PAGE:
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The best tips for Linux® data recovery include learning to recognize when the task warrants the services of professional specialists in data recovery, stopping all disk writes as soon as possible and unmounting the file system. It is also highly recommended to practice Linux® data recovery before such skills are needed, to know which tools can come in handy during the process and to have a reliable backup system in the first place. All of these tips will prove extremely valuable in the event of a Linux® disaster recovery process. In fact, not following them almost always results in having to hire specialists whose services can be very costly.
Linux® data recovery is an extremely difficult task and usually is impossible for the typical user who does not understand file systems or how to work on the command line. Understanding this much is a person's first step in knowing when to tackle recovery himself or herself and when to leave the daunting task to specialists. Following this tip for Linux® data recovery helps to save time and frustration but usually proves to be very expensive if specialists must be hired. People who are not familiar with working on the command line and who do not understand the basic "tree" representing the Linux® file system should be particularly concerned with setting up a dependable backup process to try to avoid the need to deal with Linux® data recovery.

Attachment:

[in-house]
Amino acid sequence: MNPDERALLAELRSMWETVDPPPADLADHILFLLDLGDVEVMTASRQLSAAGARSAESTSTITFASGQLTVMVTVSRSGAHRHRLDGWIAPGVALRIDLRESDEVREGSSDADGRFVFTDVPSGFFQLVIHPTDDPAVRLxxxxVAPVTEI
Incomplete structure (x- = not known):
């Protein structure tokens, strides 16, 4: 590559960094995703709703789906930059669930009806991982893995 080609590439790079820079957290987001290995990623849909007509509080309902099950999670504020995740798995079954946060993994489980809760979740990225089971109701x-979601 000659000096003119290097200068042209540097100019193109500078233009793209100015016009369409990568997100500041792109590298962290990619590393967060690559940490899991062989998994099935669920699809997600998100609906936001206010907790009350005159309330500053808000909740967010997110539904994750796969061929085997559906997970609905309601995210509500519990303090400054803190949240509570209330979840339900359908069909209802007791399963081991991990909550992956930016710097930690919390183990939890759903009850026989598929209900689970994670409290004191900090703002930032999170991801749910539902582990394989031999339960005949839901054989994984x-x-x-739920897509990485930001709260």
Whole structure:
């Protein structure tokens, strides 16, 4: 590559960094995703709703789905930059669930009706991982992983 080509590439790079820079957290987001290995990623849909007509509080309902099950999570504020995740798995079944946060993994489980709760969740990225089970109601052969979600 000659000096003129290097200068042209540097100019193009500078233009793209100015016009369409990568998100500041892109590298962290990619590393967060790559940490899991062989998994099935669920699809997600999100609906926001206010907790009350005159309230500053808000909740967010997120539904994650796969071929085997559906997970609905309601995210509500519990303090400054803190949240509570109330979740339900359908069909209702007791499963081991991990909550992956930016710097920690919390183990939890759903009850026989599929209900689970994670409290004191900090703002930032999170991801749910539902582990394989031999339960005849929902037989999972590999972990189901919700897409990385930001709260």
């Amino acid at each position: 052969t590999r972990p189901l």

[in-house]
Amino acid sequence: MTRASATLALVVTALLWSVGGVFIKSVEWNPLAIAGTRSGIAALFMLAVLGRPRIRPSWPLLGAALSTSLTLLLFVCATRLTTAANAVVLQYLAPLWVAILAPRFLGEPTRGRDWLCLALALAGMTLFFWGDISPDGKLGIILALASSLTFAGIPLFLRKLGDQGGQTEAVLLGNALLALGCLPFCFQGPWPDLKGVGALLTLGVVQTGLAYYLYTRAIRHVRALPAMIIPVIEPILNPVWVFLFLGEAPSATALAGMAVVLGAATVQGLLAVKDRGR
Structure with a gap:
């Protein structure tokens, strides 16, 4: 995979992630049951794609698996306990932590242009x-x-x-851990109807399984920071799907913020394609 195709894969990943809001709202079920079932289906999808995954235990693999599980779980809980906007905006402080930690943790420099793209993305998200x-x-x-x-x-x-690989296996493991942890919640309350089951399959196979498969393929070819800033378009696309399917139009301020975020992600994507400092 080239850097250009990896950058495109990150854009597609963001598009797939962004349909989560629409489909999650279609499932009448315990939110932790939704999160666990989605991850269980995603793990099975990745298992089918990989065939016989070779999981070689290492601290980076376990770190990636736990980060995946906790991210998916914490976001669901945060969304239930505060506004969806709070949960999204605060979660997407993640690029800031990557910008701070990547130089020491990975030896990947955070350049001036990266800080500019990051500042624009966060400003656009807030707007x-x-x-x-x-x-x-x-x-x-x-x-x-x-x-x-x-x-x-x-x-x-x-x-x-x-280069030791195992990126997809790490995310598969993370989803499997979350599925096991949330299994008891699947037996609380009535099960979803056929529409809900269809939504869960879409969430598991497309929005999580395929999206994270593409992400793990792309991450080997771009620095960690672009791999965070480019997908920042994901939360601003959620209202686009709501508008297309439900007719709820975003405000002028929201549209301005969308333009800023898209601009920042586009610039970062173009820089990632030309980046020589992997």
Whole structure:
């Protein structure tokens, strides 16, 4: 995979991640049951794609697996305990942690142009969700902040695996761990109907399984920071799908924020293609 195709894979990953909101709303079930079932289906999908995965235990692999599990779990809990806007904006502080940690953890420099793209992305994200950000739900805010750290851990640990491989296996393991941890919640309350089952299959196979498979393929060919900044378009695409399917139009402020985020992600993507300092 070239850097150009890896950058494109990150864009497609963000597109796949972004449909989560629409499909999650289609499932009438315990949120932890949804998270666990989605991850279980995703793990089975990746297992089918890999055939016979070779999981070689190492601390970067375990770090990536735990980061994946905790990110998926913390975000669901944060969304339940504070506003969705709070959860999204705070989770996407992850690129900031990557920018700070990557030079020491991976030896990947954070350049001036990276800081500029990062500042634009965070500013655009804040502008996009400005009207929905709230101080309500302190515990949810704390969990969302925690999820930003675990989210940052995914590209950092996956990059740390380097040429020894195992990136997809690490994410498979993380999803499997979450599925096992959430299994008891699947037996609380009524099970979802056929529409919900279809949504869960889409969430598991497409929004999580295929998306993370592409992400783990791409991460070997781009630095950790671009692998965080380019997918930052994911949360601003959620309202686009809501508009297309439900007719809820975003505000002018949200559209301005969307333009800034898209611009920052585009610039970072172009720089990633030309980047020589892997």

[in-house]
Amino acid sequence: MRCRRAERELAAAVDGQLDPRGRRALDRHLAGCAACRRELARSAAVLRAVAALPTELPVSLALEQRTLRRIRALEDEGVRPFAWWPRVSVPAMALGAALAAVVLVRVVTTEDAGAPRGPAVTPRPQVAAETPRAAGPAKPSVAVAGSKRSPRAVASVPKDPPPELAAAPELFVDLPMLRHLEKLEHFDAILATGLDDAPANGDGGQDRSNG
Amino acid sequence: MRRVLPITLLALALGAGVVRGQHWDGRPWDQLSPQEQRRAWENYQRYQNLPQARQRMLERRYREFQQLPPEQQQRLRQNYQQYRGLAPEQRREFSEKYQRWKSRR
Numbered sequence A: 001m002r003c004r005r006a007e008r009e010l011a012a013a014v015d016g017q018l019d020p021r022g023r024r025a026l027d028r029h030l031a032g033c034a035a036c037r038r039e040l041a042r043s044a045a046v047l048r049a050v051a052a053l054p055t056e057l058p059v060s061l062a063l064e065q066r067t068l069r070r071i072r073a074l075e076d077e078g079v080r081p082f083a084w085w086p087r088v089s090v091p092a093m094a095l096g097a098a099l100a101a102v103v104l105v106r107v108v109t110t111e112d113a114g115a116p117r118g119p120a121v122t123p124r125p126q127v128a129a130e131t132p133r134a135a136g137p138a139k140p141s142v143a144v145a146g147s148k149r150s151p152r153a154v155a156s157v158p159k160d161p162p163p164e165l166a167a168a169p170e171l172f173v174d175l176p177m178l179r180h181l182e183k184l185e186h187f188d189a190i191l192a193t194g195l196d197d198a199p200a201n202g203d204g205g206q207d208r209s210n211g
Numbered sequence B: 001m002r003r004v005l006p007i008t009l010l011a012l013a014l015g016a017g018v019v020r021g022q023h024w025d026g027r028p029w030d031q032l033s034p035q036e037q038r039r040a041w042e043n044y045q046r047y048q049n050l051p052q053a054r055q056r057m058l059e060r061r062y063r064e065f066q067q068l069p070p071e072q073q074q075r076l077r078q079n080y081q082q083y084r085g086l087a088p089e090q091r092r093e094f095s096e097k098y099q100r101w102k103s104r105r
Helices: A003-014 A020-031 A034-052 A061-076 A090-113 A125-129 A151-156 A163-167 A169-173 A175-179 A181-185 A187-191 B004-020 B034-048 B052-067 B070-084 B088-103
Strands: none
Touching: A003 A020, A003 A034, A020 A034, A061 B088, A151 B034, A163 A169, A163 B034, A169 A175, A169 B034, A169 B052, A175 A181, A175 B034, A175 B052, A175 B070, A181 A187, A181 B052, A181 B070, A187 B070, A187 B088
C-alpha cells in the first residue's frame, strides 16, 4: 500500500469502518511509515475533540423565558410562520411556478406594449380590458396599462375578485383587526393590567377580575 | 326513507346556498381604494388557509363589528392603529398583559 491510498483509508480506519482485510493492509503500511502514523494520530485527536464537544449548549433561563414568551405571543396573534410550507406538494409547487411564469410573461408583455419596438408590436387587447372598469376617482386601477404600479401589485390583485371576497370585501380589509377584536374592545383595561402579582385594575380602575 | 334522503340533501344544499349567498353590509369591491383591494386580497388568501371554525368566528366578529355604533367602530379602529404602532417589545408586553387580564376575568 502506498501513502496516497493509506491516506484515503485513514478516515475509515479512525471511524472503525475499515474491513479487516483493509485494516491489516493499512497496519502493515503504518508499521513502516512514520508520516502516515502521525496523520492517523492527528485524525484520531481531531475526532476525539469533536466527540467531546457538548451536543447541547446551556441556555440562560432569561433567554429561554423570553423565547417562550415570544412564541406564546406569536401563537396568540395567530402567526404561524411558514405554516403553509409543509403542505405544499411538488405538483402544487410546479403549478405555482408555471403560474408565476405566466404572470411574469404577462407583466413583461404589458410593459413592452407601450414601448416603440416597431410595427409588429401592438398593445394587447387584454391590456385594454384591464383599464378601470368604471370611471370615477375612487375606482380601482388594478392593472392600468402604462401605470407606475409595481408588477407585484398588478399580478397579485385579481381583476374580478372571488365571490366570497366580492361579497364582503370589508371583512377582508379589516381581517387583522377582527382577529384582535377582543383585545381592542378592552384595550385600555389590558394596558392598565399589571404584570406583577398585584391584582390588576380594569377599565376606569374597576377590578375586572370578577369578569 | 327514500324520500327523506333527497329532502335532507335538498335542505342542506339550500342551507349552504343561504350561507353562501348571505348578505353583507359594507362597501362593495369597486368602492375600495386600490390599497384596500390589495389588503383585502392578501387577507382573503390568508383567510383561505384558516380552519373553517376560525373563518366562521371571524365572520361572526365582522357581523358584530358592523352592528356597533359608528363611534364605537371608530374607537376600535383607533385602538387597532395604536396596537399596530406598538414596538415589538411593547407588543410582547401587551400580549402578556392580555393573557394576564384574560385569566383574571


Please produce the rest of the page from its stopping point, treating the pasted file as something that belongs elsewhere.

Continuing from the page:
As soon as it has been discovered that data has been lost through an accidental deletion, through some type of data corruption or because of damage to a disk, it is extremely important for one to immediately cease all writes to that disk. The disk could be a local one or a removable drive; even a floppy disk is a disk. This tip for Linux® data recovery is so important because on multi-user systems, the inodes of files are immediately made available after their deletion. Inodes contain information needed to complete the recovery process. They reveal the type of the file, names of its owners, its access rights, time stamps, file size and file attributes.
It should be remembered that Linux® data recovery involves examining raw data using a process known as pattern matching on the disk from which the information was accidentally deleted. Therefore, it is vital to practice recovery before it is needed. Practice files can be created, a little information placed in them, and then they can be deleted in order to practice the process. Attempting to examine a raw file for the first time during real disaster recovery will almost always end in failure. Using pattern matching to search for candidates that will allow for the reassembly of the parts of deleted data is a most tedious task requiring knowledge or what one is doing.
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